Jury finds local used car salesman guilty of tax crimes, structuring, making false statements


Date: March 18, 2020

Contact: newsroom@ci.irs.gov

CINCINNATI – A federal jury, spread across the courtroom to practice social distancing, returned a guilty verdict Wednesday evening on all counts charged, finding a Cincinnati businessman guilty of six charges related to tax fraud. 

Gregory VanDemark was convicted of four counts of aiding and assisting in the preparation and filing of false income tax returns with the Internal Revenue Service (IRS), one count of structuring transactions to evade the reporting requirements, and one count of making a false statement. 

The verdict was announced following a trial that began on March 11 before U.S. District Judge Michael R. Barrett.

According to court documents and trial testimony, VanDemark’s IRS returns claimed he owed no taxes for 2013 and 2014, even though he earned $1 million per year from his used car business, Used Car Supermarket, Inc.

At the same time, VanDemark owned homes in Cincinnati and Florida and a summer home on the Ohio River designed as a paddleboat replica (that he falsely deducted on his taxes as a bed and breakfast).

Also in 2013 and 2014, VanDemark structured more than $157,000 in cash payments made on a home mortgage at a bank in Bethel, Ohio for the purpose of evading the currency transaction reporting requirements.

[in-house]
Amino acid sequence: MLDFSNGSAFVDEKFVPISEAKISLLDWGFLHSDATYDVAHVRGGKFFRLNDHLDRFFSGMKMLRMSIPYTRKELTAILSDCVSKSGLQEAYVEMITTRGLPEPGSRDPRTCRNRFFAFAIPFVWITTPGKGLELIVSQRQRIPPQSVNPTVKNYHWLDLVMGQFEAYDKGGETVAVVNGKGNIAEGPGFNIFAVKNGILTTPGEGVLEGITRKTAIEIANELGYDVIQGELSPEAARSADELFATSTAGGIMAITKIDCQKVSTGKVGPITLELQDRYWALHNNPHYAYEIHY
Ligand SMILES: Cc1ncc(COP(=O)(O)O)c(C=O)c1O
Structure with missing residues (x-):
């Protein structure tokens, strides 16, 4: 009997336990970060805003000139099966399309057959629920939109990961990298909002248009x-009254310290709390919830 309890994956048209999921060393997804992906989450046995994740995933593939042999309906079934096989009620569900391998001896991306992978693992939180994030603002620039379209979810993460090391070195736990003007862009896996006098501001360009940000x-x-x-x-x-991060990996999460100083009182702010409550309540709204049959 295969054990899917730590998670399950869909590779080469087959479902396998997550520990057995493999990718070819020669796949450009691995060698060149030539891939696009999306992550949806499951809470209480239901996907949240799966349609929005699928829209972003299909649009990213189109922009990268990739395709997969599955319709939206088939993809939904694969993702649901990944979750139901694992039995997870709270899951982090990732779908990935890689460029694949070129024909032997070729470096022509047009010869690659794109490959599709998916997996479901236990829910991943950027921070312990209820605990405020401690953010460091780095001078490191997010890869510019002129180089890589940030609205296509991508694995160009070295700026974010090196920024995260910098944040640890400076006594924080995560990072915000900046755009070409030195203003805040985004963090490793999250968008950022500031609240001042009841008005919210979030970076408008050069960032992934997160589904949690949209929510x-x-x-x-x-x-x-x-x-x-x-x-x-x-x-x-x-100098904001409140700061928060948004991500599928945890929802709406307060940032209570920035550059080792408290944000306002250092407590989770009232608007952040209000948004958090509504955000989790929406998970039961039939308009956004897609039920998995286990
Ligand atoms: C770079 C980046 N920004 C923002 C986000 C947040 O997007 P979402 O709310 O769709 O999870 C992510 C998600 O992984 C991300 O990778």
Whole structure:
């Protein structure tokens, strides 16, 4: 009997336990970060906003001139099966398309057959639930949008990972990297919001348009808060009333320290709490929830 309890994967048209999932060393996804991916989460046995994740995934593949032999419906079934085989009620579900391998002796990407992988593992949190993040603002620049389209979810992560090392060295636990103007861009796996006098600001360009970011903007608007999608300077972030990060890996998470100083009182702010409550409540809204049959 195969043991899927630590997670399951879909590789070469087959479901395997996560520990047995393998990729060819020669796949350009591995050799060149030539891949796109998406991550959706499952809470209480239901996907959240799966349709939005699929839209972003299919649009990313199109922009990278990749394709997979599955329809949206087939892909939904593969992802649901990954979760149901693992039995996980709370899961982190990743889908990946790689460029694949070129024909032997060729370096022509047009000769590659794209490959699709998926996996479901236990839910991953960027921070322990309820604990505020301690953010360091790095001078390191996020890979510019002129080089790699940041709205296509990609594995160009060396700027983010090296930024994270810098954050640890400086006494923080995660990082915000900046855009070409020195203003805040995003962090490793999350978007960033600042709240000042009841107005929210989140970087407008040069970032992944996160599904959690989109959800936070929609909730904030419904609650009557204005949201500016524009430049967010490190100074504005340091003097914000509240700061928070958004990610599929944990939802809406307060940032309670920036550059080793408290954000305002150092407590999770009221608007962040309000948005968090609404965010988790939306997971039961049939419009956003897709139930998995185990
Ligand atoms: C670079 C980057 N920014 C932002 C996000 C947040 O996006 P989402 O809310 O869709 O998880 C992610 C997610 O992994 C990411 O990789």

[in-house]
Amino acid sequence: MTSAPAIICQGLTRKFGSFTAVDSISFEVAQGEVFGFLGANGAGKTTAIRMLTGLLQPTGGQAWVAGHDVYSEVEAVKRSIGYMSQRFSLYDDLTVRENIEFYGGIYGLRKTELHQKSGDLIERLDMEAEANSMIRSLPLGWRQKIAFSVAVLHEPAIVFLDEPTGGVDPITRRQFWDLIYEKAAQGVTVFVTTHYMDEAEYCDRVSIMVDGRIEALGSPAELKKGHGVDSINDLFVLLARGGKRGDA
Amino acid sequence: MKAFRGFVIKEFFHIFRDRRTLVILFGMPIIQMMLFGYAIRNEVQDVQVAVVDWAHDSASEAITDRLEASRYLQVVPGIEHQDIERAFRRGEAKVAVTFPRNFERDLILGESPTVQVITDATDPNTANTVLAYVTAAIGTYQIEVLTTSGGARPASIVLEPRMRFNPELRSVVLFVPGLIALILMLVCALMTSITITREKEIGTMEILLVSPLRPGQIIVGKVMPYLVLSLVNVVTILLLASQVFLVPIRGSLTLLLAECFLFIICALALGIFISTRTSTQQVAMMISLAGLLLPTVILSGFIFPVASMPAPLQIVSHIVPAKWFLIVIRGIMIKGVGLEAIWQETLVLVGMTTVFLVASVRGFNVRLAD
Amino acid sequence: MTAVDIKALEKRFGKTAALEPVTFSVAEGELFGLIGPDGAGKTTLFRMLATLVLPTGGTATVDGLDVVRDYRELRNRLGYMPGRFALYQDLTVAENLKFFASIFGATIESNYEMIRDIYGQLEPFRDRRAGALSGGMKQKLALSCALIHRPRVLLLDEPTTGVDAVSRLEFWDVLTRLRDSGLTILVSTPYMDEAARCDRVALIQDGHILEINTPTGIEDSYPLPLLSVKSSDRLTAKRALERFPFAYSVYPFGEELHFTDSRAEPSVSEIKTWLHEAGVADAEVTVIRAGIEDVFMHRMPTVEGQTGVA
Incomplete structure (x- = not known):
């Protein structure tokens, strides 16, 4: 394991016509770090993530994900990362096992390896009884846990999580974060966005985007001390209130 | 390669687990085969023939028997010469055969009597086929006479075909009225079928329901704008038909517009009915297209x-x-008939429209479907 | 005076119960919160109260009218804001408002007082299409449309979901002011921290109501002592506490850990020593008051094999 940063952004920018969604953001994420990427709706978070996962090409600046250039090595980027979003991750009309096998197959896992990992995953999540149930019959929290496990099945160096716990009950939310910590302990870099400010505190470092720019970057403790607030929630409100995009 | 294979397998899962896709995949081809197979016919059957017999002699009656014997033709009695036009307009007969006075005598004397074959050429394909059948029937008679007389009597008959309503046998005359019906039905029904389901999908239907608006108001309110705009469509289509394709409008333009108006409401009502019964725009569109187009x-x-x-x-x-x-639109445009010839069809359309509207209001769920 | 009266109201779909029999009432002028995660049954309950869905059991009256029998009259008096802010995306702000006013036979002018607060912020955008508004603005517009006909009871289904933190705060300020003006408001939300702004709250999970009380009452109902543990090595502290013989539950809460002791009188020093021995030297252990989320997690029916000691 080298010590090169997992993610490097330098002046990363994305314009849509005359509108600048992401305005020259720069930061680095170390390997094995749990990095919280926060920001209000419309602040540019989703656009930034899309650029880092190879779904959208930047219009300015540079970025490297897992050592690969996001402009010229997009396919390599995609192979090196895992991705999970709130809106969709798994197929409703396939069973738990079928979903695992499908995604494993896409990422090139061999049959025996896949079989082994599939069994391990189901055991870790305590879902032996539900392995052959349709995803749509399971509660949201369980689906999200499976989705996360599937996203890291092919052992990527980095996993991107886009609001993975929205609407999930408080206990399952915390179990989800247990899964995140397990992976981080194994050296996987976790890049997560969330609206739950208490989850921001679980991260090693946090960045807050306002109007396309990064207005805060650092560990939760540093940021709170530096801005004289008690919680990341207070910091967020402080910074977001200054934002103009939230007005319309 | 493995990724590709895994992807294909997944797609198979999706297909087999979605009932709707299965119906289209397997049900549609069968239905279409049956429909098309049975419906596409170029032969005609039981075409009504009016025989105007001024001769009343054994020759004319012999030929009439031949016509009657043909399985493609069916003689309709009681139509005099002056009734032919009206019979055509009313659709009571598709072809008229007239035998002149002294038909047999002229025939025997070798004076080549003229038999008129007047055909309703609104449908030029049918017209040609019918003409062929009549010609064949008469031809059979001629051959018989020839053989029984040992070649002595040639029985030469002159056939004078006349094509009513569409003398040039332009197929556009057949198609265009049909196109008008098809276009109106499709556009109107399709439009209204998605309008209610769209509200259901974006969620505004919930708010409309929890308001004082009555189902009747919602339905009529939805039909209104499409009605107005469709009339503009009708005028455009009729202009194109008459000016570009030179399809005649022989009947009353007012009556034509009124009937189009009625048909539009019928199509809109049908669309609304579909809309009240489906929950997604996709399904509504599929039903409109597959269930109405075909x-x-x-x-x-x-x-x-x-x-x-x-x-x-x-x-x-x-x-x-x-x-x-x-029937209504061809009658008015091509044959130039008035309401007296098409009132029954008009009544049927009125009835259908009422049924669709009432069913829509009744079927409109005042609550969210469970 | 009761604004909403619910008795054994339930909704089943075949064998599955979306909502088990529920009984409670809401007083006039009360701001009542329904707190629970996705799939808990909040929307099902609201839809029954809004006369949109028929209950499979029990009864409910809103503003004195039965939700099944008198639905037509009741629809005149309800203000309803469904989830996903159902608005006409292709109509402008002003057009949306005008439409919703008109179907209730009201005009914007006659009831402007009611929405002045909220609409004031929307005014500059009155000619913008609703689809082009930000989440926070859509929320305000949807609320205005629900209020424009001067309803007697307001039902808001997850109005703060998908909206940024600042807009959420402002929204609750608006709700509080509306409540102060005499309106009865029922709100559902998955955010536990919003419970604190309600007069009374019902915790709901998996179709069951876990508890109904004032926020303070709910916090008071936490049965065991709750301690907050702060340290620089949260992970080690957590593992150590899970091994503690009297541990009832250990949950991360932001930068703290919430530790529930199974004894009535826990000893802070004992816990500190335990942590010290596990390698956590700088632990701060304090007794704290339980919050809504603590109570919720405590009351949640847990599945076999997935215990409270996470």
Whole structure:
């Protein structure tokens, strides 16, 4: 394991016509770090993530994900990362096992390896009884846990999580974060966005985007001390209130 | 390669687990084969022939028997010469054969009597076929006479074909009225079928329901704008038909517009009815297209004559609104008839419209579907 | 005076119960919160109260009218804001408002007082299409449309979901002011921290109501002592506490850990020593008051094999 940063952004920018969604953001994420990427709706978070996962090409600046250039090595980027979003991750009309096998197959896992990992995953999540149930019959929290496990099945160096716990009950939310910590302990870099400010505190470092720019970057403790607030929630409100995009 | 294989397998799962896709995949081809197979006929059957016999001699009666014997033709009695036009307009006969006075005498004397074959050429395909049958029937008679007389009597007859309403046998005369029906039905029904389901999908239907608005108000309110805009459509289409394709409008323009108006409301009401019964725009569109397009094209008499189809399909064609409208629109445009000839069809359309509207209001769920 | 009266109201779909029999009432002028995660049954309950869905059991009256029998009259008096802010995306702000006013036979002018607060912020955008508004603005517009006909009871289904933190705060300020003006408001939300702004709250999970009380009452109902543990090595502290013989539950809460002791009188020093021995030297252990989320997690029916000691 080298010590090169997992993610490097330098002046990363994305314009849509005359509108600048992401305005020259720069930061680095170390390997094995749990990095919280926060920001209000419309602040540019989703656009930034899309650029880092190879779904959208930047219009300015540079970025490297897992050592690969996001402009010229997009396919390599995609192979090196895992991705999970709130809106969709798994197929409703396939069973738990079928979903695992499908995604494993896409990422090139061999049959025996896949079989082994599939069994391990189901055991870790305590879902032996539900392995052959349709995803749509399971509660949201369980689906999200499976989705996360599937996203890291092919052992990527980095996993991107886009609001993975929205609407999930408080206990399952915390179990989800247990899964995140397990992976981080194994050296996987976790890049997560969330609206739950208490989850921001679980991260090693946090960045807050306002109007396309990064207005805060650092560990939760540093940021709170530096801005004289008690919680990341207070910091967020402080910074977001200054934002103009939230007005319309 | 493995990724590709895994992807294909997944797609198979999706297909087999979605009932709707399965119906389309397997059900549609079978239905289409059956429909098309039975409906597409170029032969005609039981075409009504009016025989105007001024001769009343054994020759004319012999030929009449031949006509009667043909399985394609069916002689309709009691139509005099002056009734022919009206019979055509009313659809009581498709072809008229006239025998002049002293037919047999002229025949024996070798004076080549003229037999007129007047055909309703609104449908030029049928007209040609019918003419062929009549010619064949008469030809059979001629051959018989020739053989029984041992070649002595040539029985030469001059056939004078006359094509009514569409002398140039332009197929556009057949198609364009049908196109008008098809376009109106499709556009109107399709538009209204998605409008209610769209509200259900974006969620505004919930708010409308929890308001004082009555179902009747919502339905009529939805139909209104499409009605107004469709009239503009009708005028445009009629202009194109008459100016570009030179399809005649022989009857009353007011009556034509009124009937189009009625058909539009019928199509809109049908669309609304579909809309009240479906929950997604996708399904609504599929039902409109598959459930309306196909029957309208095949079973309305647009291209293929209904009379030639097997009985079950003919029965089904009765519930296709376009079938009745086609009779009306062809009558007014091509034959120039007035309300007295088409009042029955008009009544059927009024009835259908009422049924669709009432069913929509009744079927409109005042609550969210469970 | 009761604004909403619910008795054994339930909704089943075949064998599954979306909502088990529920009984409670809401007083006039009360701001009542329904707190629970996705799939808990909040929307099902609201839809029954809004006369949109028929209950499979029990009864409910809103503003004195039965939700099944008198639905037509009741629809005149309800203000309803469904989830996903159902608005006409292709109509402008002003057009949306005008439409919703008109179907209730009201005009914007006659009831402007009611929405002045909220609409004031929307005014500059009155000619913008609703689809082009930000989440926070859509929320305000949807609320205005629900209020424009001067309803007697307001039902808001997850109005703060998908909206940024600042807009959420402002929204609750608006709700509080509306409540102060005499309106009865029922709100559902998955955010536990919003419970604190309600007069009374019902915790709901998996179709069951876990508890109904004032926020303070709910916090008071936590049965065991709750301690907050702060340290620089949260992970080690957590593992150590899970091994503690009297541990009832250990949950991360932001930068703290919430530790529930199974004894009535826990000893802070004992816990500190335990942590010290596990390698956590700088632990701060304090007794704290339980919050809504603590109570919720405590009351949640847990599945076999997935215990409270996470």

VanDemark skimmed 25 percent of his business earnings in order to alter his taxes owed. He also claimed numerous improper deductions.

When he was interviewed by IRS special agents in 2016, VanDemark made a false statement by stating all of the money he made from his business was deposited in the bank and he never skimmed cash from his businesses.

“I want to commend the government’s prosecution team on presenting a flawless case to the jury,” said Bryant Jackson, Special Agent in Charge, IRS, Criminal Investigation.  “The jury has sent a very strong message to business owners and taxpayers that if you skirt your income tax liabilities, try to avoid the currency reporting requirement and then lie about it, you will be judged guilty for such conduct by a jury of your peers.”

Aiding and assisting in the preparation and filing of false income tax returns with the IRS carries a maximum penalty of three years in prison and a fine of up to $250,000. Structuring financial transactions and making false statements carries a maximum penalty of five years in prison and a fine of up to $250,000. Congress sets the maximum statutory sentence. Sentencing of the defendant will be determined by the Court based on the advisory sentencing guidelines and other statutory factors.

Bryant Jackson, Special Agent in Charge, Internal Revenue Service Criminal Investigation, Cincinnati Field Office announced the verdict. Assistant United States Attorney Megan Gaffney Painter and Special Assistant United States Attorney Kelly K. Rossi are representing the United States in this case.